Although the survey is still open, I created a cutoff point at 3:30p.m. CT in order to tabulate the responses…
As mentioned in yesterday’s article, I think the results are fairly interesting along the lines of how respondents identified themselves as managers, musicians, board members, or listeners.
One of the most notable results was that not a single respondent identified themselves as a board member and there was a noticeable prevalence of respondents that identified themselves as musicians. However, this isn’t a large surprise since the survey link was published on a few discussion boards and websites that are popular with mostly musicians. The chart below illustrates the overall breakdown between how respondents identified themselves.
In general, respondents favored a more liberal point of view in favor of applause between movements, especially when indicated by the conductor. Almost 2/3 of respondents think the current atmosphere at most orchestra concerts is too pretentious, as illustrated in the chart below.
How Managers Responded
Among all of the respondent groups, managers were the most liberal, although not always by a large percentage. Although a clear majority of managers prefer to place the burden of indicating when it is and is not acceptable to applaud on the shoulders of the conductor, a sizeable percentage still feel that proactive measures are justified when it comes to letting patrons know that it is acceptable to applaud between movements.
With more than four out of five managerial respondents feeling that most concerts are too pretentious, I’m surprised there isn’t more of an overall effort to change the atmosphere among many organizations. Although I was expecting more managers than not to respond this way, I didn’t think there would be such a large disparity, as illustrated in the chart below.
How Musicians Responded
Nearly the same percentage of musicians sided with managers on the issue of finding it acceptable to applaud between movements if the conductor takes responsibility for guiding the audience. However, musicians were nearly spilt 50/50 when it came to the issue of whether or not orchestras should expend some effort to let patrons know it is acceptable to applaud between movements.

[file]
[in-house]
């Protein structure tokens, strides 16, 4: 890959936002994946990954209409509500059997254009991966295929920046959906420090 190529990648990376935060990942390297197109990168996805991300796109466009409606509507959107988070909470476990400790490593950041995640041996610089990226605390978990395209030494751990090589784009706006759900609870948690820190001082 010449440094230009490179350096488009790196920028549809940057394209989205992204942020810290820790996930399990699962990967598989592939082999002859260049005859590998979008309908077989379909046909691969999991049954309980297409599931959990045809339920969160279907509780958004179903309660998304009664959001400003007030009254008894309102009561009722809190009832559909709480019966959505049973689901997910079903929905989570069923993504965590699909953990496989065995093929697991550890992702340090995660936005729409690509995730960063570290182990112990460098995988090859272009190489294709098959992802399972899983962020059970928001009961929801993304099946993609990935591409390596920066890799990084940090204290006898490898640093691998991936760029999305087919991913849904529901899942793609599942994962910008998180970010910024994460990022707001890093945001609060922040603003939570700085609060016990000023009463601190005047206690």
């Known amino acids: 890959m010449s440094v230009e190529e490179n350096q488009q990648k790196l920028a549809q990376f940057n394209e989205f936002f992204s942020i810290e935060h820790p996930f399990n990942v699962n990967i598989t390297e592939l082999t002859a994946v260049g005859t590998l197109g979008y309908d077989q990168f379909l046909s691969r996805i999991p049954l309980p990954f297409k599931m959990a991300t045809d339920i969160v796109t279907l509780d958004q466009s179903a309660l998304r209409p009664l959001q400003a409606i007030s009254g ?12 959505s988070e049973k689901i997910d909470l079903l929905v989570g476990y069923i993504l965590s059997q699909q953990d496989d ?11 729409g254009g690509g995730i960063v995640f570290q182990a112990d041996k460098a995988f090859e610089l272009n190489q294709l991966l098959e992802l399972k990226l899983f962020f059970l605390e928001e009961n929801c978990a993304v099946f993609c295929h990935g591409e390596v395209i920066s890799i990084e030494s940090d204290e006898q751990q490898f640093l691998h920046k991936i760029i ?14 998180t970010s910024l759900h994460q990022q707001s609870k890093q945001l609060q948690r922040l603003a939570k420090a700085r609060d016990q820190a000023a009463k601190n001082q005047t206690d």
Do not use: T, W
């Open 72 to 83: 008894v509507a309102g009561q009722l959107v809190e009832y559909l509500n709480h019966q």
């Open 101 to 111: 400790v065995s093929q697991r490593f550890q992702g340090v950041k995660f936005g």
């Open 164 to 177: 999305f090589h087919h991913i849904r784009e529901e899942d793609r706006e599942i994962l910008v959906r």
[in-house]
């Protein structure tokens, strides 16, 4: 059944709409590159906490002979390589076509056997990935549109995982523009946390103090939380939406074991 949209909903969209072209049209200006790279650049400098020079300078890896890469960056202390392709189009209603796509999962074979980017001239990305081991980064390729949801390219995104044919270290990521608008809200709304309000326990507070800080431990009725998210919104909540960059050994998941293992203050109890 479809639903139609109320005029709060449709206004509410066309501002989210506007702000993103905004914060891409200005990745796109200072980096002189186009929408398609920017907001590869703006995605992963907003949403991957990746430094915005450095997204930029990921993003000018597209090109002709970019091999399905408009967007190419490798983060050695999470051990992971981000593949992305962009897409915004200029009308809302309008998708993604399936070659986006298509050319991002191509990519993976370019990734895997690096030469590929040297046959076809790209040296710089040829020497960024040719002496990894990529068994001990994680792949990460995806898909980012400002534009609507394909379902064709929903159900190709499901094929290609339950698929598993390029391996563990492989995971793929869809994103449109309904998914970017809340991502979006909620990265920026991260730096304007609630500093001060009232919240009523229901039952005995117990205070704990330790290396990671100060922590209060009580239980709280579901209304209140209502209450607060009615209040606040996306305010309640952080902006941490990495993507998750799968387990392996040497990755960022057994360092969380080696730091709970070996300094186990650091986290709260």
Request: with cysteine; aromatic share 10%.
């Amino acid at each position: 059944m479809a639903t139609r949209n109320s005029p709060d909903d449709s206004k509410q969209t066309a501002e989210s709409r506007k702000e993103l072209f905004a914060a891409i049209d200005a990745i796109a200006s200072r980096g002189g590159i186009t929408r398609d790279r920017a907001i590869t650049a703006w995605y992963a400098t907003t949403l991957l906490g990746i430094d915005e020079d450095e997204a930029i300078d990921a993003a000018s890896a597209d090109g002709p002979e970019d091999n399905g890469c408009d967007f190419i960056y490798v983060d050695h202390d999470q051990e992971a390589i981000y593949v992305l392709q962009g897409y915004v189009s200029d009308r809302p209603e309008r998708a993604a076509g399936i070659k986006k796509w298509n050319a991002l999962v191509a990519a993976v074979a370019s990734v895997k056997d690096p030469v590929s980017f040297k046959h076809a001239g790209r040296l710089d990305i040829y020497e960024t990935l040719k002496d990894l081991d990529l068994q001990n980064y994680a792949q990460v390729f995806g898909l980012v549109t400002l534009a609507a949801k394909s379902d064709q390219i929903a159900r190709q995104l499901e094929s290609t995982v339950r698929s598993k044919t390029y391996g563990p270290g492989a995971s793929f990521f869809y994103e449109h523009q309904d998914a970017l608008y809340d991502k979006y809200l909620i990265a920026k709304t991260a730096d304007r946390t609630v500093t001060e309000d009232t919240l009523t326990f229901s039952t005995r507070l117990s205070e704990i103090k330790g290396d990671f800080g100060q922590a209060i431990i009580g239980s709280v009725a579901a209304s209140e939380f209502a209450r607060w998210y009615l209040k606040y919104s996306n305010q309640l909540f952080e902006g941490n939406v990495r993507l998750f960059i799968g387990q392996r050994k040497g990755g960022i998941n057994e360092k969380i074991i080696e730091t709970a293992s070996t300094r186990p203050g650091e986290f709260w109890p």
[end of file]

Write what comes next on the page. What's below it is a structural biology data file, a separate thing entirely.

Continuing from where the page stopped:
With regard to pretentiousness, nearly 2/3 of musicians feel the atmosphere for most concerts could lighten up. Although this wasn’t as large of a majority as managers, it is still just enough to say it is a mainstream opinion, as illustrated in the chart below.
How Listeners Responded
By far, the most conservative respondents were listeners. Only 16% were in favor of applauding between movements if indicated by the conductor. Conversely, more than half feel that orchestras should not encourage listeners to applaud between movements. After reading Christopher Guerin’s comment from last Friday, that attitude hasn’t changed much in the past decade.
Unquestionably, the most conservative of all responses resulted from the final question; listeners don’t think the concert atmosphere is too pretentious. Although I’m not terribly surprised by this fact (after all, core listeners are always eager to complain when organizations experiment with changes) I am intrigued by the large difference between how listeners and managers/musicians feel about the issue, as illustrated in the chart below.
Clearly, those who present and create classical music feel things need to change, yet those who consume it feel otherwise. I would be interested to know even more about the respondents who identified themselves listeners. Are these people mostly veteran concert-goers or are they also infrequent listeners?
Knowing whether or not that distinction would result in contrary results would be quite useful. At the same time, I think a number of orchestras know that there’s a distinct difference between how veteran and new listeners interpret the concert atmosphere. Nevertheless, I think it would be intriguing if some managers out there shared their research and personal experience on the issue.
Regardless Of What You Decide, Stick With It
Long time Adaptistration reader, Janet Shapiro of Brandenburg Productions, Inc. sent in a truly entertaining story about how one conductor decided to deal with the issue of rampant applause between movements. If nothing else, it is a good reminder that practice doesn’t make perfect, practice makes permanent.
Background: [my company] produced a TV broadcast of the Atlanta Symphony Orchestra’s celebration of its 50th anniversary. We interviewed a number of players who’d been with the symphony for most or all of its years. One of the players told the following story (alas, my transcripts are somewhere in file purgatory, so I’m not sure who the player was):
Henry Sopkin, the original conductor of the ASO, got very annoyed at audiences during performance’s of Tchaikovsky’s Pathetique Symphony, because they (like many other audiences) would spontaneously burst into applause after the rousing third movement, and but applause would be much more tepid at the end of the entire piece. When he took the orchestra on tour to the smaller cities of Georgia he actually REVERSED the playing order of the third and fourth movements, so that the performance would end with the rousing third movement, and the orchestra would get the accolades he felt it deserved.
At the end of a tour, when he and the ASO performed the piece in Atlanta in front of what he felt was a more sophisticated audience, he realized that such rearranging would not be acceptable, and the orchestra played the piece in the correct order. As always, after the third movement, the audience burst into applause. At that point, forgetting where he was and thinking the piece was over, Sopkin turned around, took a major bow, and left the stage.